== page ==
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The steamer Canonesa (pictured below) was owned by Furness Houlder Argentine Lines, an associate company of Houlder Brothers & Co, and was a Type 'G' oil burning refrigerator ship. Her gross tonnage was 8,286 tons and she had a designed speed of 13 knots. She was built by Workman, Clark & Co. Ltd of Belfast and completed in November 1920. These standard ships were planned to replace the heavy losses sustained through enemy action during the First World War; in particular losses of refrigerated meat-carrying ships employed on the Australian, New Zealand and River Plate routes. Only one was completed before the signing of the Armistice. The remaining 21, including the Canonesa (which was being built as War Minerva) were sold to private operators.1

S.S. Canonesa


The Canonesa, together with the other ships of Houlder Brothers and Furness-Houlder Argentine Lines, operated on the River Plate run, with a seasonal trip on the Patagonian lamb run. During the first year of the war she had completed three return transatlantic passage ; from Liverpool to Buenos Aires to Southampton (September-December 1939); Southampton to River Plate to Victoria Docks, London (January-March 1940); and Victoria Docks to River Plate to Victoria Docks (April-July 1940).2

On the last of these, her penultimate voyage, she sailed to the Falkland Isles then across the Straits of Magellan, loading lamb from a series of small ports along the Patagonian coast. Dennis Johnzon, a member of the Canonesa's crew at the time, remembers that on approaching the Thames estuary the 59-ship convoy, with Canonesa taking up the rear, was dive-bombed and machine-gunned by enemy aircraft. As the rear ship she was singled out for special attention, but no bombs found their target, partly thanks to Spitfires eventually driving off the enemy. Machine-gun bullet holes were, however, very evident.3 Peter Tingey, an apprentice on board, also recalls this incident :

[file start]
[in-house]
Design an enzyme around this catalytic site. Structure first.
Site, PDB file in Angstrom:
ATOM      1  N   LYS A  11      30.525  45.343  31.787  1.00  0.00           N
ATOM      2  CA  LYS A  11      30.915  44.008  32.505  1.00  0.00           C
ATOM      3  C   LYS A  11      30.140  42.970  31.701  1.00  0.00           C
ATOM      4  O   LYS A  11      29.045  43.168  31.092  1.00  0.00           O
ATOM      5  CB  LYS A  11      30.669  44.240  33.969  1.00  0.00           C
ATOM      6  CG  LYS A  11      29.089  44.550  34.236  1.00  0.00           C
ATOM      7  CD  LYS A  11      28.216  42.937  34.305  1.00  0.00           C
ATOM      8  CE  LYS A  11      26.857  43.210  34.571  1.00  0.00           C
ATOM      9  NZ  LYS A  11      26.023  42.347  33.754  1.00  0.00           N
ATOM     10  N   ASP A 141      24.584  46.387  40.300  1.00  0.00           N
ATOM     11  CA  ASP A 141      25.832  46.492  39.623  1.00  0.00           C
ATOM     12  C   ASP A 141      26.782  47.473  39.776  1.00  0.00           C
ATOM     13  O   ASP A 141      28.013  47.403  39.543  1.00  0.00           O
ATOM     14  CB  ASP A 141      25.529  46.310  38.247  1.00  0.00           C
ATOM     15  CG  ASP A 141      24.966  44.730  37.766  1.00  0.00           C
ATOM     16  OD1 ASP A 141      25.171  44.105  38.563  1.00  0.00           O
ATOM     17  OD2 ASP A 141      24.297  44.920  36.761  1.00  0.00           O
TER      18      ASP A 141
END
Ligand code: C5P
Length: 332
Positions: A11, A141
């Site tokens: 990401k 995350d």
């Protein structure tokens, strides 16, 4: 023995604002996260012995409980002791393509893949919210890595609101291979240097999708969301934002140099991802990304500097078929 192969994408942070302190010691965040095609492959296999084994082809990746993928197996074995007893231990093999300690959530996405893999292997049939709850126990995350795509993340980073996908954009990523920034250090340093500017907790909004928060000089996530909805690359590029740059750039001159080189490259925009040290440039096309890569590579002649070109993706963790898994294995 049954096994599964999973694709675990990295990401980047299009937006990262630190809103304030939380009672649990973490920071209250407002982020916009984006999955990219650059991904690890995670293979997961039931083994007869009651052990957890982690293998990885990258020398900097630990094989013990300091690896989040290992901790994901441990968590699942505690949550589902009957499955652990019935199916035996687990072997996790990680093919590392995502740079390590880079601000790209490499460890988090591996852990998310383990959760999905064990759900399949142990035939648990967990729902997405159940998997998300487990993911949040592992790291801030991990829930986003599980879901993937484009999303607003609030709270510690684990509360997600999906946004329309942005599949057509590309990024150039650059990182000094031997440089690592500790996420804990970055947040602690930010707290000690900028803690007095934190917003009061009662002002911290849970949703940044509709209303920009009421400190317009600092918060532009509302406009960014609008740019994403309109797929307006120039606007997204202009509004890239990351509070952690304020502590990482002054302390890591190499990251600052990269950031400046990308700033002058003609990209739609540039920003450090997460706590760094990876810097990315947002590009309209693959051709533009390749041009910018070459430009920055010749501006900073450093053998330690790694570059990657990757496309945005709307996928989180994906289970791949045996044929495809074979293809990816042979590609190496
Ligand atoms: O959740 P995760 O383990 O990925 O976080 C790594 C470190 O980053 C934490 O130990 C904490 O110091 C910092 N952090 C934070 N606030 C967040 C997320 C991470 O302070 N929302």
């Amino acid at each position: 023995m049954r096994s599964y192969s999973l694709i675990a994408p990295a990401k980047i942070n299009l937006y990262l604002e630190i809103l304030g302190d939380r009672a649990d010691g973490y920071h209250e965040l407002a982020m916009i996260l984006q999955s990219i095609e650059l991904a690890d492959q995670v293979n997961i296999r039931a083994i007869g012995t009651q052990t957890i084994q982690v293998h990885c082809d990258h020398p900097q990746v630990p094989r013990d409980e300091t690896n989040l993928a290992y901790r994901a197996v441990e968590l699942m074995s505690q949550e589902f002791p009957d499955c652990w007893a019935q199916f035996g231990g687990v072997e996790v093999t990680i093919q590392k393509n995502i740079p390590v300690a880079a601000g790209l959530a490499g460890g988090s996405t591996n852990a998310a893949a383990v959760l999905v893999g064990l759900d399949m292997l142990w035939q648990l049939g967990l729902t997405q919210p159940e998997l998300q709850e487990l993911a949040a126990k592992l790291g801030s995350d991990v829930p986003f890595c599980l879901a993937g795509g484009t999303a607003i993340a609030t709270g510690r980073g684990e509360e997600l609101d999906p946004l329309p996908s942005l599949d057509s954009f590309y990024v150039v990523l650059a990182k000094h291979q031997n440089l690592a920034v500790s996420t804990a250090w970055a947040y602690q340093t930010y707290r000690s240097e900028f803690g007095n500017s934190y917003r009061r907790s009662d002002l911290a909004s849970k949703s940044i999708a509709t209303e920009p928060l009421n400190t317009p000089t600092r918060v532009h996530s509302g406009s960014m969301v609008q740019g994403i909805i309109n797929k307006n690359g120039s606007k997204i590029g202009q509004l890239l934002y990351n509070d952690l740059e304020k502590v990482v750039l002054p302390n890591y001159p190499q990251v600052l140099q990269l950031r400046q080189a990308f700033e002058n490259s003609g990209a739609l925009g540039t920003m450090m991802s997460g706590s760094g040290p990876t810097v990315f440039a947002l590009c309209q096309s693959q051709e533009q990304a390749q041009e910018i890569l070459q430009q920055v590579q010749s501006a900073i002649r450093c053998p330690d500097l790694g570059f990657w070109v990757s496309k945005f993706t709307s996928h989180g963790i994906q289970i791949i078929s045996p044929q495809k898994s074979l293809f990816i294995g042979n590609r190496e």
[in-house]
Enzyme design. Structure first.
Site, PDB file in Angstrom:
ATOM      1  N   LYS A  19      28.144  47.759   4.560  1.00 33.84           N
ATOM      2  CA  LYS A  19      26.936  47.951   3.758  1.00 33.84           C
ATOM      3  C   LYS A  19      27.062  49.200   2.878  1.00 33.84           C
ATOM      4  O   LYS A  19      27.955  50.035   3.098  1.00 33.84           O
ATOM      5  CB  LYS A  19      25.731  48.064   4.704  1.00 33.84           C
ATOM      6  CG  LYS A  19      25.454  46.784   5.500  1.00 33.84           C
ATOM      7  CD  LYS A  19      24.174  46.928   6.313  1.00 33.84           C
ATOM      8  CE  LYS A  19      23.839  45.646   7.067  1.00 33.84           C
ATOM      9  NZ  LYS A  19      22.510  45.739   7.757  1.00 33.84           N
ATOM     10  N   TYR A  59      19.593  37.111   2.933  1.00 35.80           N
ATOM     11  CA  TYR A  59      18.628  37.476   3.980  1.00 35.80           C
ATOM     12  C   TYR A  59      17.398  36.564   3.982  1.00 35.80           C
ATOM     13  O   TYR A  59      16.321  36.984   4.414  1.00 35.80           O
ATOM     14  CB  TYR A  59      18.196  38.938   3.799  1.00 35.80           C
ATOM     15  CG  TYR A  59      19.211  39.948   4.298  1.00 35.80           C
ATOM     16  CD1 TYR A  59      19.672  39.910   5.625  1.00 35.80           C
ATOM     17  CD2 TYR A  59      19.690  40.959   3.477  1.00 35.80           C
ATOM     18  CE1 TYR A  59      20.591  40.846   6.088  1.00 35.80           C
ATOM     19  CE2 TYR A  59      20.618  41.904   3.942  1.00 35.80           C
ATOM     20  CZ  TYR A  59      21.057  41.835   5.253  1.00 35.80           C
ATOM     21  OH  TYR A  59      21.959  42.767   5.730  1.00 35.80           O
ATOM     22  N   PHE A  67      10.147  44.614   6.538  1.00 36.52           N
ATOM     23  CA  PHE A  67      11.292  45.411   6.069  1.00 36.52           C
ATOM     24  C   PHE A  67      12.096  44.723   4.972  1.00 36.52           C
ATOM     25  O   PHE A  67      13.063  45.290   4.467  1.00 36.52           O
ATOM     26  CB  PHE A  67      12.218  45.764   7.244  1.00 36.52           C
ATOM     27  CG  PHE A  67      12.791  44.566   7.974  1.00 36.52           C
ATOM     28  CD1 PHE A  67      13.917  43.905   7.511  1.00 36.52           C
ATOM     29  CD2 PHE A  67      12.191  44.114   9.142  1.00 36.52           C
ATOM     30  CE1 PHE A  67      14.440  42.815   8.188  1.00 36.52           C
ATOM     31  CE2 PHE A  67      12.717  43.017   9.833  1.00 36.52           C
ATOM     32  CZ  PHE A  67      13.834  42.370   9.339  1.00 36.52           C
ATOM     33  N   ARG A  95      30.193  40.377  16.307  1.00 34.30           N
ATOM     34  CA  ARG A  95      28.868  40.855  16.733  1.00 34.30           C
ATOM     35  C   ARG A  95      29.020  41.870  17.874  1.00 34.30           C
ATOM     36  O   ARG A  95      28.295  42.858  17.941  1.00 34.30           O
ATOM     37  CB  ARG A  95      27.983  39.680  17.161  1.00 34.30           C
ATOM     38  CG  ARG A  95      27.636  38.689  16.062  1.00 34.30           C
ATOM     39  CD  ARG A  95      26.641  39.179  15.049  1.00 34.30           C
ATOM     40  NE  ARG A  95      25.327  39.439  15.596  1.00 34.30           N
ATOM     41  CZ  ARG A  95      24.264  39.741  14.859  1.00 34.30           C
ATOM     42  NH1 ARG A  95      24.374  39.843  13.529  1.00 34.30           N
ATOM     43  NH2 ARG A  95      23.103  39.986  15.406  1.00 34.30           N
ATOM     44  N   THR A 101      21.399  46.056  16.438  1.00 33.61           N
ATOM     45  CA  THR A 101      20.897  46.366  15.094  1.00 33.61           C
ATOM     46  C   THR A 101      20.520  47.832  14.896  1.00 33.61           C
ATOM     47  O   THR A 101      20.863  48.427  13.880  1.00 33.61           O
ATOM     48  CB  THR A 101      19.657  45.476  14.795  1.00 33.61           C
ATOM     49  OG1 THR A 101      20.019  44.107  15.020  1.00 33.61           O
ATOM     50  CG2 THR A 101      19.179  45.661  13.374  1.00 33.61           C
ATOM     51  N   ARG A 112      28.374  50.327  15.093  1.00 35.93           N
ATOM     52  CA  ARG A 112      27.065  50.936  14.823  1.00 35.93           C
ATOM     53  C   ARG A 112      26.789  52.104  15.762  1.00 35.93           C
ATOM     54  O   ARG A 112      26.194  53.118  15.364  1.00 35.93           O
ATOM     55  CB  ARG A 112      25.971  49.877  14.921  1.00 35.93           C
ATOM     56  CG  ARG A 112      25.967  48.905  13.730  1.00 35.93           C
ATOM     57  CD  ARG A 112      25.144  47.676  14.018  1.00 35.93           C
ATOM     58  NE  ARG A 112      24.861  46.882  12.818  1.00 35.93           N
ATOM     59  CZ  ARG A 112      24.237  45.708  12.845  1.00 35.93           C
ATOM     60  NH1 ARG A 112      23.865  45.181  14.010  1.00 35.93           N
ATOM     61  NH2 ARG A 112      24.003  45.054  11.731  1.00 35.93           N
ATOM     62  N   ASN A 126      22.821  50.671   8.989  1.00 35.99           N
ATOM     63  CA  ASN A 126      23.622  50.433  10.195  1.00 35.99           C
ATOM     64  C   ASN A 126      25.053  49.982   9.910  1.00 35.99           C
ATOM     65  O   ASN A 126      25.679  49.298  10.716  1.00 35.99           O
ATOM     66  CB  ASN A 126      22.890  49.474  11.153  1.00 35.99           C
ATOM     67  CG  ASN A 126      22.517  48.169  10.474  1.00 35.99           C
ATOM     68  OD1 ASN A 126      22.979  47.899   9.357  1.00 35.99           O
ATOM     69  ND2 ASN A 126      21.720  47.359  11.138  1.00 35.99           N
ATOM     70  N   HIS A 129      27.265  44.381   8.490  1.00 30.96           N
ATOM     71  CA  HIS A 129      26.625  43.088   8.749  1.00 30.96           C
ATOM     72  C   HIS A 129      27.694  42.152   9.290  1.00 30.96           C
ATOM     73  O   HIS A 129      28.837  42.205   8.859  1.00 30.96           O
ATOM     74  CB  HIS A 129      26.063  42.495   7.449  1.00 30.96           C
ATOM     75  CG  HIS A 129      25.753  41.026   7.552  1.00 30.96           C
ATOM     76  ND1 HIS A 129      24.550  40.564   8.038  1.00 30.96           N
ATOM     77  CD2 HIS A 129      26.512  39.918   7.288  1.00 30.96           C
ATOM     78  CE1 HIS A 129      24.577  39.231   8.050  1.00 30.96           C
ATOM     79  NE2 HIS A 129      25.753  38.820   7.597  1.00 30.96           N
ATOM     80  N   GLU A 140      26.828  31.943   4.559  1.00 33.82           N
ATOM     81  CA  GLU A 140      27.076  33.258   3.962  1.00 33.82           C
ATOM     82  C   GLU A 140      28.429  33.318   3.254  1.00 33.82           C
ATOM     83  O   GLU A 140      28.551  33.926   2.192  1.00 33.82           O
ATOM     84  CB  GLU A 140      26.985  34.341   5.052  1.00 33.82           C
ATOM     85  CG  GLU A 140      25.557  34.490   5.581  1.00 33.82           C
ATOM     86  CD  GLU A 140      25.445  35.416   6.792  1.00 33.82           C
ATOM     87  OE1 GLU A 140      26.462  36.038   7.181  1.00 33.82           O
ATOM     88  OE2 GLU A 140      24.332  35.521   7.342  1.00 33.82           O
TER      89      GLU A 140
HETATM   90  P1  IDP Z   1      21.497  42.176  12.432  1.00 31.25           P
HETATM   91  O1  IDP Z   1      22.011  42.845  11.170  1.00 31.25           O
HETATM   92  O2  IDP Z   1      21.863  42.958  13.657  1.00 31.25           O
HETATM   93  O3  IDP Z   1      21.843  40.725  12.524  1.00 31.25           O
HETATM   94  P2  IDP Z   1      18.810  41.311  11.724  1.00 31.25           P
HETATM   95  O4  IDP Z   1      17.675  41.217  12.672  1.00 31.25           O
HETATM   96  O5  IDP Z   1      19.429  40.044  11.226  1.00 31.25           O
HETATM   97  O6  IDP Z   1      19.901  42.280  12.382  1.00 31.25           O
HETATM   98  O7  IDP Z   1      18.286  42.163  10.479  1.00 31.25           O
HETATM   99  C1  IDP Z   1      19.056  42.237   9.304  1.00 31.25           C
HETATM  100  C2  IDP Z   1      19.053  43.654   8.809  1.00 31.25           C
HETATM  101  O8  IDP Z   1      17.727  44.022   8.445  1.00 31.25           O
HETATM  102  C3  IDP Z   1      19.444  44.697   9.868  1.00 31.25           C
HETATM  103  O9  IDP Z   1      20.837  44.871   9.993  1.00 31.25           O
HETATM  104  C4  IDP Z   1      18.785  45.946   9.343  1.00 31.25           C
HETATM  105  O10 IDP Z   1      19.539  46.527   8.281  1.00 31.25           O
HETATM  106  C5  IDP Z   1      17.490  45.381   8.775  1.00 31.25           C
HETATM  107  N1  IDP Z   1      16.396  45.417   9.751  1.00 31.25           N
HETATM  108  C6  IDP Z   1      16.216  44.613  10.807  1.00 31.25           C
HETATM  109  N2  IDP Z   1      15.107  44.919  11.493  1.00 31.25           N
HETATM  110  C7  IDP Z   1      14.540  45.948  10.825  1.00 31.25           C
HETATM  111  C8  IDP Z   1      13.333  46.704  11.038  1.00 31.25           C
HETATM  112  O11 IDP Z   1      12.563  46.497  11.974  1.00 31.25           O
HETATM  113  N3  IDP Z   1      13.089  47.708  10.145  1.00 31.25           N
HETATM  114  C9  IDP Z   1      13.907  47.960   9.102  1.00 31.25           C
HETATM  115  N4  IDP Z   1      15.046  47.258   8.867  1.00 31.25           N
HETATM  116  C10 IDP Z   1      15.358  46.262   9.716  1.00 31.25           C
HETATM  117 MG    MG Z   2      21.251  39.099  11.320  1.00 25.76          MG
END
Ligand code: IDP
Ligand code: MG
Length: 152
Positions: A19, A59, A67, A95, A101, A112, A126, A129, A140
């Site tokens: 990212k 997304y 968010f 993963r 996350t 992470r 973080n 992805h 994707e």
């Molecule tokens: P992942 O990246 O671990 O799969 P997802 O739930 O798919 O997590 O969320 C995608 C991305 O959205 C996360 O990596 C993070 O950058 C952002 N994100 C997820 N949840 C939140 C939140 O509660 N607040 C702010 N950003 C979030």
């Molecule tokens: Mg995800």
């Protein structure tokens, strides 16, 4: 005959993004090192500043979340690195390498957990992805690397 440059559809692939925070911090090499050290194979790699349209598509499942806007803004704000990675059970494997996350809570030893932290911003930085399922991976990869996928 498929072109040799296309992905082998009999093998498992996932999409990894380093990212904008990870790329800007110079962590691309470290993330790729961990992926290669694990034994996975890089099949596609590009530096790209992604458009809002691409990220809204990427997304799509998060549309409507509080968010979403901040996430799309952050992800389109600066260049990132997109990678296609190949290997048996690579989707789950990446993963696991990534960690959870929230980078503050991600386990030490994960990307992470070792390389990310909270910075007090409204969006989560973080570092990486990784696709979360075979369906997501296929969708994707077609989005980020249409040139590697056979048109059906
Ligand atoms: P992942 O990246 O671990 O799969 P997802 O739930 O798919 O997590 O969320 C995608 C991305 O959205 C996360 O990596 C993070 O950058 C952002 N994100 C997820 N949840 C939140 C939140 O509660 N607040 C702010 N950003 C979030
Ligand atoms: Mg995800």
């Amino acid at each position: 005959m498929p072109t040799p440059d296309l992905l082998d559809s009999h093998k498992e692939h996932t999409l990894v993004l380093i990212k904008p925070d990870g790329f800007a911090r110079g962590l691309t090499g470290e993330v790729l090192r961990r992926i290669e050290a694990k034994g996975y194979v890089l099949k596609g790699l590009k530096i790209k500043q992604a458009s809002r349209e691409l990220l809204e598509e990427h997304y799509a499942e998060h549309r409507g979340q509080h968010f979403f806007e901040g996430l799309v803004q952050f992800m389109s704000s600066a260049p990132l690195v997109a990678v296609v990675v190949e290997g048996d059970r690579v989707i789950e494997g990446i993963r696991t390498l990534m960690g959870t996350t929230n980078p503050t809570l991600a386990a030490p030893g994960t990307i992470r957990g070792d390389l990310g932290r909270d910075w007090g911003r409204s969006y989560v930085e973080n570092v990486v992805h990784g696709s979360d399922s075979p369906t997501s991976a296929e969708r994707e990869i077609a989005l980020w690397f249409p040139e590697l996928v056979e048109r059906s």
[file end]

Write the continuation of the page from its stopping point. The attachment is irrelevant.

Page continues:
"I was on deck as we approached the Thames estuary when intense anti-aircraft fire broke out all around both on shore and from ships as I looked up and actually saw the bombs leaving the high level German dive bombers. Like lightning I made my way to the midship saloon and dived under a dining table. Bombs exploded near but without a direct hit and I also heard a sustained rattle which could have been from the German machine-gun fire. The immediate danger passed as our Spitfires had ploughed a swathe of doom among the air raiders."4

Eleven ships owned by Houlder Brothers & Co., and a further four managed by the company, were lost during the war. The Canonesa was the fourth casualty. Ten ships were torpedoed, two mined, one sunk by a surface raider, one captured and later sunk by a surface raider, and one bombed. Just five ships in service when the war began were still afloat when hostilities ceased. In all 114 men died whilst in the company's service.5

[The Canonesa's last voyage and her sinking are described on the next page.]

You can view more pictures of the Canonesa at the Gallery.


NOTES
  1. from Johnzon (1989) pp24-5.
  2. from the Continuous Certificate of Discharge of the Canonesa's 4th Engineer, Tom Purnell.
  3. from correspondence with Dennis H. Johnzon who served on the Canonesa's penultimate voyage.
  4. from correspondence with Peter Tingey, November 1997.
  5. Middlemiss (1991) p82.

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